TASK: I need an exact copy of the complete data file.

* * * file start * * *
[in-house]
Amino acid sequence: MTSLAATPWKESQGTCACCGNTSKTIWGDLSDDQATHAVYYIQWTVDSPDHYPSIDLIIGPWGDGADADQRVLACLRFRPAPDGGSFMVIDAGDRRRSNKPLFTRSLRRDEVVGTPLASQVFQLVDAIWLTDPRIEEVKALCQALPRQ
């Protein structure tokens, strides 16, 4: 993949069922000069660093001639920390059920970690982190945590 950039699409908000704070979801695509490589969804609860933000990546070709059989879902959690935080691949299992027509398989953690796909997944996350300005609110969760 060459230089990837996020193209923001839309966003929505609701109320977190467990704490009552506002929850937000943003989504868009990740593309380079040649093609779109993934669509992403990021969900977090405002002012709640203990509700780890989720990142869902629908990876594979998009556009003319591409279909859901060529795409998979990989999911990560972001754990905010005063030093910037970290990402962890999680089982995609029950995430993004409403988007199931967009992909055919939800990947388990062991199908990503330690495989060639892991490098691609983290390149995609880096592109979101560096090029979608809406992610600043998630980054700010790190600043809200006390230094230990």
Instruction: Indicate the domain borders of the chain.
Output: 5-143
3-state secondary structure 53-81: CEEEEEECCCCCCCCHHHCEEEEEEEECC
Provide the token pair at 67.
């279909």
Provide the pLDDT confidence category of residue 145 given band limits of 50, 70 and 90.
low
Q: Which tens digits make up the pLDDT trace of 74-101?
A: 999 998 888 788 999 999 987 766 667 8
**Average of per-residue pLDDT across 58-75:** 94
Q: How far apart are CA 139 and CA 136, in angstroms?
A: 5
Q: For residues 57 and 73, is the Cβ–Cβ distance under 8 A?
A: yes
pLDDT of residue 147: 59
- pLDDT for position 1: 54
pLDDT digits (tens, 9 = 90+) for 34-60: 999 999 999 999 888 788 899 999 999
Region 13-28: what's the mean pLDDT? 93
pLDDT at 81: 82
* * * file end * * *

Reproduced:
[in-house]
Amino acid sequence: MTSLAATPWKESQGTCACCGNTSKTIWGDLSDDQATHAVYYIQWTVDSPDHYPSIDLIIGPWGDGADADQRVLACLRFRPAPDGGSFMVIDAGDRRRSNKPLFTRSLRRDEVVGTPLASQVFQLVDAIWLTDPRIEEVKALCQALPRQ
């Protein structure tokens, strides 16, 4: 993949069922000069660093001639920390059920970690982190945590 950039699409908000704070979801695509490589969804609860933000990546070709059989879902959690935080691949299992027509398989953690796909997944996350300005609110969760 060459230089990837996020193209923001839309966003929505609701109320977190467990704490009552506002929850937000943003989504868009990740593309380079040649093609779109993934669509992403990021969900977090405002002012709640203990509700780890989720990142869902629908990876594979998009556009003319591409279909859901060529795409998979990989999911990560972001754990905010005063030093910037970290990402962890999680089982995609029950995430993004409403988007199931967009992909055919939800990947388990062991199908990503330690495989060639892991490098691609983290390149995609880096592109979101560096090029979608809406992610600043998630980054700010790190600043809200006390230094230990």
Instruction: Indicate the domain borders of the chain.
Output: 5-143
3-state secondary structure 53-81: CEEEEEECCCCCCCCHHHCEEEEEEEECC
Provide the token pair at 67.
């279909």
Provide the pLDDT confidence category of residue 145 given band limits of 50, 70 and 90.
low
Q: Which tens digits make up the pLDDT trace of 74-101?
A: 999 998 888 788 999 999 987 766 667 8
**Average of per-residue pLDDT across 58-75:** 94
Q: How far apart are CA 139 and CA 136, in angstroms?
A: 5
Q: For residues 57 and 73, is the Cβ–Cβ distance under 8 A?
A: yes
pLDDT of residue 147: 59
- pLDDT for position 1: 54
pLDDT digits (tens, 9 = 90+) for 34-60: 999 999 999 999 888 788 899 999 999
Region 13-28: what's the mean pLDDT? 93
pLDDT at 81: 82